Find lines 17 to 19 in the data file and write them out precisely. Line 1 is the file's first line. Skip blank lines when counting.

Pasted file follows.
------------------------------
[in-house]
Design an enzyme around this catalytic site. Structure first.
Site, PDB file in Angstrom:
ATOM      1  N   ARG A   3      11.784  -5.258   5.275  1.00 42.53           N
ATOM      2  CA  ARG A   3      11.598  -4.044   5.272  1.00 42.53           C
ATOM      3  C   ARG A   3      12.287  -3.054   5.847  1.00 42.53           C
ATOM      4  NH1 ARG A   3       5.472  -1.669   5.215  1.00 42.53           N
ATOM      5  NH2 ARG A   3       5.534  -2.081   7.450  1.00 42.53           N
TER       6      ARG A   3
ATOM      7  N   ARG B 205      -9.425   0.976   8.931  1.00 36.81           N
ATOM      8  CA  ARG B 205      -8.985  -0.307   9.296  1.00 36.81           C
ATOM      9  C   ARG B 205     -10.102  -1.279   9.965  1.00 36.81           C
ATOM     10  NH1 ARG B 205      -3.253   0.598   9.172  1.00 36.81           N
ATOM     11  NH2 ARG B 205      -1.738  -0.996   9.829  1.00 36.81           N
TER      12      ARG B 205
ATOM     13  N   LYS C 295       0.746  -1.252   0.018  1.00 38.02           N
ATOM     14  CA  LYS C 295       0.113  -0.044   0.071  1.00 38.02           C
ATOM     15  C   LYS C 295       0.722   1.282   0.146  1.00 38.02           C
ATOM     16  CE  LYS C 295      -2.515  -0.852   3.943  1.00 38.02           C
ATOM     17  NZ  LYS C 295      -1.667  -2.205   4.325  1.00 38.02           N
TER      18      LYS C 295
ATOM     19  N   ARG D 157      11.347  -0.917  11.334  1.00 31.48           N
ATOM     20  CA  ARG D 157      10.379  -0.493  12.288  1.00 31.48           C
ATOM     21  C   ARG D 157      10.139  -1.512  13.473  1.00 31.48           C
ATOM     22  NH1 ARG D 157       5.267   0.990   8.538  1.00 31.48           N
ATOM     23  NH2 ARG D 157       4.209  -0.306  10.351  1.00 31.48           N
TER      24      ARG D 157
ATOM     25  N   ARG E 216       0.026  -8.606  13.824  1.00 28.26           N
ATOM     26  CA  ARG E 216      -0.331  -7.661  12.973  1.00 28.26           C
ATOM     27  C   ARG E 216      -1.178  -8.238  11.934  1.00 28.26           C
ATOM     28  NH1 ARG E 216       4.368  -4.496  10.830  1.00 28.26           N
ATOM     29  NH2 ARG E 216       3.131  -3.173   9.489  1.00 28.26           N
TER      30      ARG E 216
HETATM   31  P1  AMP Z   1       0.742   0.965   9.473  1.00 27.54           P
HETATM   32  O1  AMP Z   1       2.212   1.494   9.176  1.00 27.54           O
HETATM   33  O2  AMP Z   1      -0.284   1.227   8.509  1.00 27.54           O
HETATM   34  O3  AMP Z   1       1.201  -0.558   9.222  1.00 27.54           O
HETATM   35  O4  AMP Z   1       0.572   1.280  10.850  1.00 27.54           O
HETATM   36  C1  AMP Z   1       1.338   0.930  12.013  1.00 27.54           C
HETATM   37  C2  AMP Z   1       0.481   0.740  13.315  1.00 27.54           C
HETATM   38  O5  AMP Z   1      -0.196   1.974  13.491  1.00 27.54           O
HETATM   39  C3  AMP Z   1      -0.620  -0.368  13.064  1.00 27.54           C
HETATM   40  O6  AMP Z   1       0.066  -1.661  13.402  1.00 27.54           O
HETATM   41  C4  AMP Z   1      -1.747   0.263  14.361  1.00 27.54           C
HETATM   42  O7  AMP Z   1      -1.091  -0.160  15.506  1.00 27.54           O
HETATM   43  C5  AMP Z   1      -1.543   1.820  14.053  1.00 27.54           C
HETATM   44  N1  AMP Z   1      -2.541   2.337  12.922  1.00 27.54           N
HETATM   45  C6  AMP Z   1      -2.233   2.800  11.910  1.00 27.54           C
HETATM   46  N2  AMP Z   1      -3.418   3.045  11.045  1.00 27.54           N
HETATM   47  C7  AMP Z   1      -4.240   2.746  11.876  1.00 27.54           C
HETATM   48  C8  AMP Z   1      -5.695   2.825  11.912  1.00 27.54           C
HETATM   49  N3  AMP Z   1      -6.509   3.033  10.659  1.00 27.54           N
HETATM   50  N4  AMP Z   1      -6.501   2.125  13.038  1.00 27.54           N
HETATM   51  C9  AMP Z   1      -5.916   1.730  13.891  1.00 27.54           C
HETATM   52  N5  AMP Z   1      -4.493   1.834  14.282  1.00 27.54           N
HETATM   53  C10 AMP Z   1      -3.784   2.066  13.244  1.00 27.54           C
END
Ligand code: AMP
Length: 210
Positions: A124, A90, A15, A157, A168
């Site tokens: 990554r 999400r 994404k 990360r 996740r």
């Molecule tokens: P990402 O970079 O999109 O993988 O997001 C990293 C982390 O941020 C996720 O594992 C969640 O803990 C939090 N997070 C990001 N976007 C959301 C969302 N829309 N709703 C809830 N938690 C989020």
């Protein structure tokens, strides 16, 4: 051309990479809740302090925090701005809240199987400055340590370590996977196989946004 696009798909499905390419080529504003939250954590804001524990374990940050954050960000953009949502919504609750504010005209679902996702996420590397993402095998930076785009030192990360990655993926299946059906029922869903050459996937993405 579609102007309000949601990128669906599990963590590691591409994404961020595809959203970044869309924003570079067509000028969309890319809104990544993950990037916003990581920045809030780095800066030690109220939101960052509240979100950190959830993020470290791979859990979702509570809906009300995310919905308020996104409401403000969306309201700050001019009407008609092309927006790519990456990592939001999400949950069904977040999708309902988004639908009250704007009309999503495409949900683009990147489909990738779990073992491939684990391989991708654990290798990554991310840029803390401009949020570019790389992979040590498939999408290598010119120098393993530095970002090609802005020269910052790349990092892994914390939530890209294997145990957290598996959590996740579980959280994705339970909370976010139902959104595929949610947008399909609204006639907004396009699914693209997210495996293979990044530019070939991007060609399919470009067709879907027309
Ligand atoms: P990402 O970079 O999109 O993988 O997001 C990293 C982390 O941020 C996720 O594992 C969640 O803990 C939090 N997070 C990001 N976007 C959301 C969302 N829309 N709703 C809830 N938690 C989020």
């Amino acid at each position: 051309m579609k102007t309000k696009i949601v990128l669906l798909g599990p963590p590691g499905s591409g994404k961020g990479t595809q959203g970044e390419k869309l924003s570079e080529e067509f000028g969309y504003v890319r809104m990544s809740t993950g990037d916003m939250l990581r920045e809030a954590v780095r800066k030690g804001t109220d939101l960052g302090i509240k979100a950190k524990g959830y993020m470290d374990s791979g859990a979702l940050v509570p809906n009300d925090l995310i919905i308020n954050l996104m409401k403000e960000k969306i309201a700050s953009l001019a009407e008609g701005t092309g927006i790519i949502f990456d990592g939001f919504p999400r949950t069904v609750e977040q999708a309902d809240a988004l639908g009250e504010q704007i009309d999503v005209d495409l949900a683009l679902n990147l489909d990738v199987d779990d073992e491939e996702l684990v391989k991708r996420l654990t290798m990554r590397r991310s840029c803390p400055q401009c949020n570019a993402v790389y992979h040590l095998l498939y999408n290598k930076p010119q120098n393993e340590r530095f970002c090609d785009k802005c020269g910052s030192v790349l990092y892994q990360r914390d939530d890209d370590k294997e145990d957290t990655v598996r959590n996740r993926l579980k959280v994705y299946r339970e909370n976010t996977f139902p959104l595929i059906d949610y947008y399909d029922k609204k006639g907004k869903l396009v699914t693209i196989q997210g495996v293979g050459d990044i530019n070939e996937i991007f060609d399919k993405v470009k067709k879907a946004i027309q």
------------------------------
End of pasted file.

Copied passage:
ATOM     14  CA  LYS C 295       0.113  -0.044   0.071  1.00 38.02           C
ATOM     15  C   LYS C 295       0.722   1.282   0.146  1.00 38.02           C
ATOM     16  CE  LYS C 295      -2.515  -0.852   3.943  1.00 38.02           C